Transition Network is an approach which is about what a community-led response to climate change, the end of the age of cheap energy and the economic crisis looks like. It’s founded on the idea of community resilience, making the places that we live in more resilient to shock and change, and seeing that as a historic opportunity for entrepreneurship, fresh-thinking and creativity.
Launched in 2005 in Totnes, Devon, in response to environmental and economic pressures, offshoot initiatives initially spread elsewhere in the UK. Now, there are Transition Towns in communities across the US, Canada, Australia, South Africa, New Zealand, Brazil and more.
The man behind it all is Rob Hopkins, and he spoke to Alex Blackburne about his project’s meteoric success.
What is the Transition Network?
It’s really an approach which is about what a community-led response to climate change, the end of the age of cheap energy and the economic crisis looks like. It’s founded on the idea of community resilience, making the places that we live in more resilient to shock and change, and seeing that as a historic opportunity for entrepreneurship, fresh-thinking and creativity.
Where did the idea come from?
It started in Totnes, and we started an exploration into what a community-led approach would look like, and then it just took off – much to our surprise. We started getting people around the UK picking it up, and then further afield, and there’s now not a week that goes by we don’t say, “Look what they’re doing in South Africa!” or wherever.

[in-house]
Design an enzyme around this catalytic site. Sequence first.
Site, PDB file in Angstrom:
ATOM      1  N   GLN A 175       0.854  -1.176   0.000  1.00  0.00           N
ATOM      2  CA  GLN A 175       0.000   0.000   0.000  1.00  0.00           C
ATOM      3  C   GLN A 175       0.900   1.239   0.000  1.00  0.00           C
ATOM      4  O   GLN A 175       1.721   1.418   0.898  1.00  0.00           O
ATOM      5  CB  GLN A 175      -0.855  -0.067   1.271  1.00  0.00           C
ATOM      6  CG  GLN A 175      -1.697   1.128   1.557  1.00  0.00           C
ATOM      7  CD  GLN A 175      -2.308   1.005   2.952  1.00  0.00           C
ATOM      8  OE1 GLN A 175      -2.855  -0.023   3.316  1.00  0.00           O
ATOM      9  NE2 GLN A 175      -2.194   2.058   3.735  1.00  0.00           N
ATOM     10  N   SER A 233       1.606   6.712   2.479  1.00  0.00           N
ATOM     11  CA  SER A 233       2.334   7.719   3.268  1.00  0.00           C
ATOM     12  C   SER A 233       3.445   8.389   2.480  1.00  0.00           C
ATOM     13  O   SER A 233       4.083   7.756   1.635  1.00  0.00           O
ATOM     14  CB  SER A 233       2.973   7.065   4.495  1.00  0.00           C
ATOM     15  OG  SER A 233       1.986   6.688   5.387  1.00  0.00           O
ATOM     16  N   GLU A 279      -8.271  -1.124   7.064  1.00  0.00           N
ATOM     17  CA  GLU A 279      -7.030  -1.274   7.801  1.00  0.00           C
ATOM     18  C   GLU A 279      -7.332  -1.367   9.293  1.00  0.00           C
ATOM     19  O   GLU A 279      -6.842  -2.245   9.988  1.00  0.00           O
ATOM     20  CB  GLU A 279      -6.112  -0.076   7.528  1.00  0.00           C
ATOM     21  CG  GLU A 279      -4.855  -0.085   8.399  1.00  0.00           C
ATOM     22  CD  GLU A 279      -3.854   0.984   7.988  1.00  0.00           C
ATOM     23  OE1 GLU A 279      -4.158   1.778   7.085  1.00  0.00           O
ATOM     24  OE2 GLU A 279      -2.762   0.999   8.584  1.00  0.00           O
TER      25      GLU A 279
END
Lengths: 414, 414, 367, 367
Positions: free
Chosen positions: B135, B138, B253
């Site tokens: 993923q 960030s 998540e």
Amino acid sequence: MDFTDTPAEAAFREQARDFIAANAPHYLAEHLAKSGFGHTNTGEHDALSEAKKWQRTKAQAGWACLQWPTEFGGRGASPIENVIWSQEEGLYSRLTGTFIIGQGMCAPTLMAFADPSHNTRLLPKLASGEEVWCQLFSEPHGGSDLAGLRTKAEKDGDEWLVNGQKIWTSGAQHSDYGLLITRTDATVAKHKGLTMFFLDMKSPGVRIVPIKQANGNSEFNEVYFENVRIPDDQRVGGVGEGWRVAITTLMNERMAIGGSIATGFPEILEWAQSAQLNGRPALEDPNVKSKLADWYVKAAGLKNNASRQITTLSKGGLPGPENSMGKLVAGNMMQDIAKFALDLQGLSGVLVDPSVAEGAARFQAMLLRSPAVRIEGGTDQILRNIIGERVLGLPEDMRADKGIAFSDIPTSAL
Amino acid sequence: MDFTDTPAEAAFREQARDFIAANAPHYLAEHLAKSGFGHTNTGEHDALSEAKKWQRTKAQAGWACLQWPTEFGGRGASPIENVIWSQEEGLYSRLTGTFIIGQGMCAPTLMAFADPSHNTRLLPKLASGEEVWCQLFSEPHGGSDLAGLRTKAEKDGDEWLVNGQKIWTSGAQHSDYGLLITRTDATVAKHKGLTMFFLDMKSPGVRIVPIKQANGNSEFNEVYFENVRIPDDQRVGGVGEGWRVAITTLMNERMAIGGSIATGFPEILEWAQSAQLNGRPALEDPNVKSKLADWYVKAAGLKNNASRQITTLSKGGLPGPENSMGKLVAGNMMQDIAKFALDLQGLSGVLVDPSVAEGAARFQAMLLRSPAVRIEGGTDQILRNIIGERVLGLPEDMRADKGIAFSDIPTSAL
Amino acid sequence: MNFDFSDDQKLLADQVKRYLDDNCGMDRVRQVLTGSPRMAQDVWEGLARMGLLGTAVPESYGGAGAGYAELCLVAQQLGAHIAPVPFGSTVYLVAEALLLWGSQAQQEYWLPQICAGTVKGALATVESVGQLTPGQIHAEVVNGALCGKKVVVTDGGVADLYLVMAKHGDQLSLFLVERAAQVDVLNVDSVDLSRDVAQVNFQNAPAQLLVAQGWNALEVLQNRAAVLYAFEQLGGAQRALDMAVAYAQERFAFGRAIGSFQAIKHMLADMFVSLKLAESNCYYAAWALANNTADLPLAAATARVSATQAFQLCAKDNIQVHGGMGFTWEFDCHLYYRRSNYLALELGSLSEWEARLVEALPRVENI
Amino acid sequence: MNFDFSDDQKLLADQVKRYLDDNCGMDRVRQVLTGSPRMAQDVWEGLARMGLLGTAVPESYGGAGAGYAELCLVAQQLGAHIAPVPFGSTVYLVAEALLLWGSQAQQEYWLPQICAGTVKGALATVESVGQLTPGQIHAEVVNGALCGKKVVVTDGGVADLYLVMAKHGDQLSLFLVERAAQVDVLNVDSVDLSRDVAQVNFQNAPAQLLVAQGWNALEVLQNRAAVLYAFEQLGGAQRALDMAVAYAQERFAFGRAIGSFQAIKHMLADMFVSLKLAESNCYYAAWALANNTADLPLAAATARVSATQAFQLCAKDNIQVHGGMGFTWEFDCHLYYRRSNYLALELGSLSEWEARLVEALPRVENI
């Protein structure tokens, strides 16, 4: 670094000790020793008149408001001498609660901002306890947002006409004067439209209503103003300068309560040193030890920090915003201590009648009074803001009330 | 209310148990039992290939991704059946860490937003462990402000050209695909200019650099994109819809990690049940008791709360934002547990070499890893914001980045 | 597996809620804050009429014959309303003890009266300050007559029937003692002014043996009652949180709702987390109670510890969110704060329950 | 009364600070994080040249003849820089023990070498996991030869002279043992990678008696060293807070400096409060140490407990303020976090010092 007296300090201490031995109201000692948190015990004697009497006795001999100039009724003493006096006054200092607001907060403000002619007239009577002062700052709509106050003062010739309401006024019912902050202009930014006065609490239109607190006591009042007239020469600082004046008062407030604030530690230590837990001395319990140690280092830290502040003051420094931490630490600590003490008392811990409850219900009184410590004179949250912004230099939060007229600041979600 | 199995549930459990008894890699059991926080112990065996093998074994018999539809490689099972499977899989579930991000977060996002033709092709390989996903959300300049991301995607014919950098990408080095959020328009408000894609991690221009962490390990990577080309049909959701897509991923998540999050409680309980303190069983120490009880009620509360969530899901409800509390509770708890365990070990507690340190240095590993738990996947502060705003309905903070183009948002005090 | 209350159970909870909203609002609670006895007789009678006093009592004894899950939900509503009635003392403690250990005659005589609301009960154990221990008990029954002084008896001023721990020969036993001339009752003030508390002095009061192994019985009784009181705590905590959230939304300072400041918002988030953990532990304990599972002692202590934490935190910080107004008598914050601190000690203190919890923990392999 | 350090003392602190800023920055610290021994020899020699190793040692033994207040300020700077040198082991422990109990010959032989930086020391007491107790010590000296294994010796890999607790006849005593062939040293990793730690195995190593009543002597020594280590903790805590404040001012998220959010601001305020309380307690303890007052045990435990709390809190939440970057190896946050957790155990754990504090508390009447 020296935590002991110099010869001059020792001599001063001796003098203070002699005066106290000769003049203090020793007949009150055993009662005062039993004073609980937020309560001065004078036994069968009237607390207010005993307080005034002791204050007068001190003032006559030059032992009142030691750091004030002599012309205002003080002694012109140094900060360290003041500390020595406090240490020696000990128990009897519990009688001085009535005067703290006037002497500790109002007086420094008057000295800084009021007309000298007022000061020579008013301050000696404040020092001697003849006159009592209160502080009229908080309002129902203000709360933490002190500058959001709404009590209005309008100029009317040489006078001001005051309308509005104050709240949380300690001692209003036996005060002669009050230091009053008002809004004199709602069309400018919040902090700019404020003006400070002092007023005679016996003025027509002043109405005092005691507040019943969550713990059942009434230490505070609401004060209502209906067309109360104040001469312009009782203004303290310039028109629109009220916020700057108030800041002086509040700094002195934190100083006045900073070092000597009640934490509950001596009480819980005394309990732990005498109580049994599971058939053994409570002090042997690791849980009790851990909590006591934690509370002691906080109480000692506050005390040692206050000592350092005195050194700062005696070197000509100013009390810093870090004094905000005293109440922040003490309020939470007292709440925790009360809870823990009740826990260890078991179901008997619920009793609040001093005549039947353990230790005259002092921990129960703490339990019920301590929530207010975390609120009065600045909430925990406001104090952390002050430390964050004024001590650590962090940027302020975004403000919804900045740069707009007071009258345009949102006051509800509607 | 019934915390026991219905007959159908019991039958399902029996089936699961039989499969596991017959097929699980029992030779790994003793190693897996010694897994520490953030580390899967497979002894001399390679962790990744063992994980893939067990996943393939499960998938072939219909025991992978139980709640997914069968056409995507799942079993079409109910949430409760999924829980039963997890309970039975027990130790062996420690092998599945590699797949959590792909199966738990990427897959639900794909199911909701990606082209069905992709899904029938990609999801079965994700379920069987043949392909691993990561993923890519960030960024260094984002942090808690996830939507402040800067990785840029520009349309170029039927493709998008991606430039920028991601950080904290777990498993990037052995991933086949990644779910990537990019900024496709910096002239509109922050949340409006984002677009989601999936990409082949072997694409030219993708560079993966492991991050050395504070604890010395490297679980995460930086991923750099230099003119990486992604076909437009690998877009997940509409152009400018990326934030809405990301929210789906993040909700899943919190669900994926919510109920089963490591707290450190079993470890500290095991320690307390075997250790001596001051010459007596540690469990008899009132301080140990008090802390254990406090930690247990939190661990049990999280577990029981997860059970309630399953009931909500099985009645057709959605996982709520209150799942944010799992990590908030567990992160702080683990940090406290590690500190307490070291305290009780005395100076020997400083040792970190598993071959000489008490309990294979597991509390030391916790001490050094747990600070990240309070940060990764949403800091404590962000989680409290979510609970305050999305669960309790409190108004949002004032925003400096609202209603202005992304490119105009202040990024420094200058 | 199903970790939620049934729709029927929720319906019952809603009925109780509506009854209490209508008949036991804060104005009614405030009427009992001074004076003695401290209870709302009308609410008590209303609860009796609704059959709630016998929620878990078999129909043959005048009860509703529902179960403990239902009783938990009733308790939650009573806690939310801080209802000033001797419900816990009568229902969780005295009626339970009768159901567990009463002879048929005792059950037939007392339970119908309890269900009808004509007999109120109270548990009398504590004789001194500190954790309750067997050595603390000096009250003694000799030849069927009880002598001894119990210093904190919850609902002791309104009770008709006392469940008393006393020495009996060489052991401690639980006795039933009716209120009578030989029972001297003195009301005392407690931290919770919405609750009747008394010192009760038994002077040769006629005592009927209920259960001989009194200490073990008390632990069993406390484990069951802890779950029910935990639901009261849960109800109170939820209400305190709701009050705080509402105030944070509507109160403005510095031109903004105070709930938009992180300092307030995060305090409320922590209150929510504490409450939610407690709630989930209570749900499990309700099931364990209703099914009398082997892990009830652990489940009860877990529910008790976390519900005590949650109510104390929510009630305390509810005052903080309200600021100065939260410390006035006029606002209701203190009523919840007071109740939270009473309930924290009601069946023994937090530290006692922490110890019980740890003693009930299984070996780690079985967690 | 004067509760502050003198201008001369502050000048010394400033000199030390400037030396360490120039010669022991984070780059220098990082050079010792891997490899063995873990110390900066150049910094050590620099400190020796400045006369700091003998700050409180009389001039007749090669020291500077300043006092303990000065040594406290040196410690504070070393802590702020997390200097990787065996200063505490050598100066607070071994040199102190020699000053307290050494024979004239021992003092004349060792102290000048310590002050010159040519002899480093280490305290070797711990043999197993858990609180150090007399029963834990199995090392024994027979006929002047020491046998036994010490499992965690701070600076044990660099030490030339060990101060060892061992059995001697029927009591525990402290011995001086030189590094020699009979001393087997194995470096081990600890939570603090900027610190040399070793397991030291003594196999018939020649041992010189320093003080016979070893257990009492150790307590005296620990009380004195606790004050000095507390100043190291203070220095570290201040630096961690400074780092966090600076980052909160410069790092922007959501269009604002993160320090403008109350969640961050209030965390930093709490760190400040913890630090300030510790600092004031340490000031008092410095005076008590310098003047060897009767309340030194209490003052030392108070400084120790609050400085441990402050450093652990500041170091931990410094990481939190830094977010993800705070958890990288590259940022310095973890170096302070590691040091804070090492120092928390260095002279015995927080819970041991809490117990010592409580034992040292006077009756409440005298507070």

The world is on the verge of giving up the idea that we can actually do anything about climate change, and that’s what drives me.
The original idea was to see how we could create some kind of self-organising approach. It wasn’t designed to be like a Coca-Cola franchise; it was designed to be something that people anywhere in the world would pick up. There was enough shape to it that it felt like it was a recognisable, distinct thing, but at the same time there was enough freedom and flexibility for them to make it their own.
For example, the Transition movement is just on fire in Brazil, and it doesn’t feel like a UK import; it feels like a Brazilian thing. They’ve developed their own way of teaching it, communicating it and presenting it, and that’s a testament of how we designed it at the beginning.
Do you have a clear idea of what a low-carbon economy looks like?
It’s becoming much clearer. When we started, we always framed Transition as being an experiment – and something that we’d only figure out if enough people in enough different places have a go at it, and we could pool that learning and that knowledge. But I think now, we have a sense that it’s in part about shifting the focus from inward investment to internal investment, and getting communities to invest in themselves.
That’s one of the things that comes through very strongly in the new book. We’re looking at a model that is going to be focused on localisation, and the things that make sense to do. It’s going to be based on resilience and looking at how the things that we do and the businesses that are put in place contribute to that.
They’re going to be low-carbon and they’re going to recognise that we live in a world of limits; not of infinite resource possibilities. They’re going to be about bringing resources to community ownership. And often, they’re going to be enterprises that serve a wider social purpose – rather than just for profit. Those models are really exciting.